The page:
All is now lined up for the Syracuse and West Genesee ice hockey teams to clash again for the Section III Division I championship if they both take care of post-season business twice on home ice.The Cougars have the top seed and the Wildcats the no. 2 seed for the sectional tournament, and will host quarterfinals late this week at Meachem Rink and Shove Park. Wins mean they will also be home for the Feb. 26 semifinal round.In order to win the regular-season league title, Syracuse had to win both of its remaining games last week, and did so, first handling Cicero-North Syracuse 9-1, and then blanking Baldwinsville 4-0 last Thursday. Defensively, the Cougars bottled up B’ville, holding it to 15 shots, all stopped by Alex Moreno, who had returned to the net after missing much of the season due to injury.Prior to that, the Cougars handled C-NS at the Twin Rinks, using three goals late in the first period to break out of a 1-1 tie.Benedict, with three goals and one assist, led the way as Vern Cooke scored twice and Durand picked up three assists. Jones had a goal and two assists.Matro, Colin Johnson and Cam Walsh also put in goals, with assists going to Richards, Luke Dwyer and Shemar ThomasWest Genesee, meanwhile, honored its seniors prior to last Tuesday’s game against visiting Ontario Bay, and then proceeded to blast the Storm 9-0.Building up an 8-0 advantage through two periods, the Wildcats saw James Schneid earn a three-goal hat trick, plus an assist as Billy Fisher got two goals and three assists and Andrew Schneid had four assists.Jeremy Keyes also scored twice, adding a pair of assists as Joe McLaughlin and Alex DeSantis had the other goals. Jake Kopek got two assists. Single assists went to Ryan Considine, Michael Bergan and Will Shields.Even with this, WG needed a win at Fulton 24 hours later to keep the pressure on Syracuse, and it got that victory, keeping the Red Raiders off the board in a 4-0 shutout.Goals by Keyes and James Schneid has the Wildcats in front 2-0 through two periods, and it doubled that margin thanks to a pair of third-period goals by Fisher, which helped overcome 46 saves by Fulton goalie Jadon Lee.Andrew Schneid piled up three assists, James Schneid getting two assists and McLaughlin a single assist. WG’s defense held the Red Raiders to just five shots.Despite these fine efforts, the Wildcats could not keep the Cougars from earning the regular-season title, though the bigger games still remain.After Tuesday’s opening round of the sectional playoffs, where no. 8 seed Liverpool faces no. 9 seed Cicero-North Syracuse and no. 7 seed CBA/Jamesville-DeWitt meets no. 10 seed Cazenovia, the lowest remaining seed draws Syracuse in the quarterfinals, and the other winner takes on WG.Share this:FacebookTwitterLinkedInRedditComment on this Story Tags: ice hockeySyracuseWest Genesee What made the win over B’ville particularly sweet was that Syracuse had lost to the Bees 3-2 in the Dec. 7 final of the Bobby Conklin Tournament. Two months later, the result was quite different.Ryan Durand twice set up goals two minutes apart in the first period, setting up Kaleb Benedict’s wraparound effort and then feeding it to Stephan Matro, who scored to make it 2-0.Early in the second period, Tommy Rioux made it 3-0, and Durand himself scored in the final period as Benedict, Nelson Jones and Nick Richards each got one assist.
The women\’s hockey team will face the UMD Bulldogs this weekend, a team it is very familiar with.[/media-credit]After a two week road trip, the women’s hockey team is back on home ice, getting ready to face division rival Minnesota-Duluth. Despite their struggles this year, the Badgers feel as if things are really coming together — they just need to be more consistent in finishing their games.The team has been dominant for stretches on the ice, consistently outshooting its opponents, but has not been able to walk away with as many wins as they hoped for. UW interim head coach Tracey DeKeyser thinks that the home stand against Duluth is timed perfectly.“I know we’ve had some trouble scoring,” DeKeyser said, “But if you look at the dominance of the play or the number of shots taken per game, it’s pretty clear that we should feel confident in the direction we’re going and people have stepped up and made contributions. I just think it’s a great time to be matched up with Minnesota-Duluth.”Bringing home two wins, a tie and a loss, the Badgers are still working toward the success they had at home last year.While the confidence is high, Wisconsin knows it has to face a talented Duluth team. The Bulldogs are fierce competitors and sit in second place in the WCHA, one spot ahead of the Badgers.“They’re speedy [and] they’re skilled,” DeKeyser said. “We need to make sure we hone in on particular individuals as we line up … and see what they have in store for us.”Wisconsin has a 9-5-2 overall record (6-4-0 in the WCHA), and outshot its opponents this season 565 to 391. Despite the advantage in shot, UW has been unable to consistently get the puck in the net more often to seal wins.With all of their dominating factors, the Badgers still have a record that does not seem to support their statistics. DeKeyser feels the problems fall in Wisconsin’s inability to consistently finish games as strong as they start them.“I’m not sure if it’s consistency or just finishing,” DeKeyser said. “We’re doing the right things. If you count the number of scoring chances for each game and the number of shots on net, it’s too bad we haven’t been able to put the puck in.“I don’t want the players to get discouraged simply because we haven’t been finishing, but that is our focal point.”The rivalry between the Bulldogs and the Badgers is intense — UW defeated UMD for the 2007 national title but fell to them in the title game the next year. While they sit in second and third in the conference, respectively, both teams carry formidable rosters that will provide an even match up. No extra motivation is needed to get Wisconsin ready for the series.“I’m quite sure there will be no need to try and motivate the players for this particular series,” DeKeyser said. “They understand the importance of these games and they know this opponent is a highly skilled opponent … I think it’ll be a wide-open game and playing on the big ice that should be fun to watch more so than trying to attack four people in front of their net. Hopefully that’ll be good for our players.”Kelter twins in lineupWith the soccer season over after an exciting run in the NCAA tournament, freshmen Alev and Derya Kelter finally take their places in the Badgers lineup. Although the team has had only a short amount of time to see what they can do, DeKeyser feels the girls have a lot of potential. The coach has already seen it from Alev Kelter.“True to form, kind of like her soccer game, [Alev] is a physical presence out there. She can go into the corner against two opponents and come up with the puck. We know she can do that, we’ve seen her play for the past couple of years and that’s why she got the nod and got some playing time this [past] weekend.”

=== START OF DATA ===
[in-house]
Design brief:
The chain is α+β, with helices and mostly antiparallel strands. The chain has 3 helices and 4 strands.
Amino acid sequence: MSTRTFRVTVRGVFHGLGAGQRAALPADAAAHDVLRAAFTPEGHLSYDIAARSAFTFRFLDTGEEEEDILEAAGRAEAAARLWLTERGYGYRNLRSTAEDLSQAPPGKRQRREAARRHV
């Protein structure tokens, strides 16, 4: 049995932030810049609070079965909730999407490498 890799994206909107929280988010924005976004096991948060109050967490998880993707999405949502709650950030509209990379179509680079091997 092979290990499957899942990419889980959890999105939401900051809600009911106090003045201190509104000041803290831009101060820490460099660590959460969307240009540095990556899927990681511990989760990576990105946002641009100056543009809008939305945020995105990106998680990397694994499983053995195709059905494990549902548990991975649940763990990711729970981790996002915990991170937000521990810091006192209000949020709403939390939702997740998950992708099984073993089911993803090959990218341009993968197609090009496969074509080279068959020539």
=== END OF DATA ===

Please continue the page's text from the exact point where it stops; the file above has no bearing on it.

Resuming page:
(Related: Can we code conscious programs?)In the film, Chappie—a decommissioned police robot in Johannesburg, South Africa—has its standard rule-based AI software reprogrammed with an experimental consciousness program by Deon Wilson (Dev Patel), the coder who developed the software powering the police bots. “Chappie” follows the curious autonomous being as it learns from the world around it, the humans it meets and the experiences it has to ultimately become self-aware.By depicting both the autonomous freedom of Chappie and the rules-based logic of the standard police robots, Fink pointed out that the film confronts the traditional expectations associated with artificial intelligence.“Chappie has a self-sustaining drive,” he said. “He doesn’t want to die. He calls himself Chappie. That aspect of it is the Holy Grail, if you will. That’s where we need to make a major jump in self-awareness. Also to be sentient, where you have the ability to think and experience in a subjective way. Unlike the police robots, Chappie is not governed by a specific set of rules by which he has to act. Humans don’t have mathematical laws in our heads. We think. We use deductive reasoning, which is the foundation of true autonomy.” Artificial intelligence is often depicted in films as the scientific floodgate to apocalyptic doom, a “Terminator,” “The Matrix” or “I, Robot” scenario where machines quickly turn on humanity. “Chappie,” the latest sci-fi parable from director Neill Blomkamp, portrays an AI being that learns and interacts with the world in ways that are innately human.“Chappie” takes an inside-out look at the swirling mass of conscious code inside an artificially intelligent mechanical being, or as Wolfgang Fink calls it, a sentient autonomous and synthetic reasoning system. Fink, a researcher at the University of Arizona and the California Institute of Technology, is studying and developing systems that can react to and explore environments independent of human control.“We’re not dealing with what is commonly known as artificial intelligence,” said Fink, who was given information about the film’s production to assess how it portrayed AI. “That’s often used in the wrong context. AI is exclusively rule-based, meaning a machine encounters a situation and reacts a certain way. In Chappie’s case, it has the capability to learn and self-modify. In that way, [in the film] it grows up like a child, modifying itself as it goes. The hallmark of an autonomous system is being influenced by its environment, rather than being pre-programmed.”Fink’s work includes research with NASA’s Jet Propulsion Laboratory to develop autonomous systems for landing on and exploring the terrain of Mars. According to him, Chappie represents the evolution of autonomous systems in the way the machine ingests diverse data sources and combines them abstractly to develop reasoning in any given situation.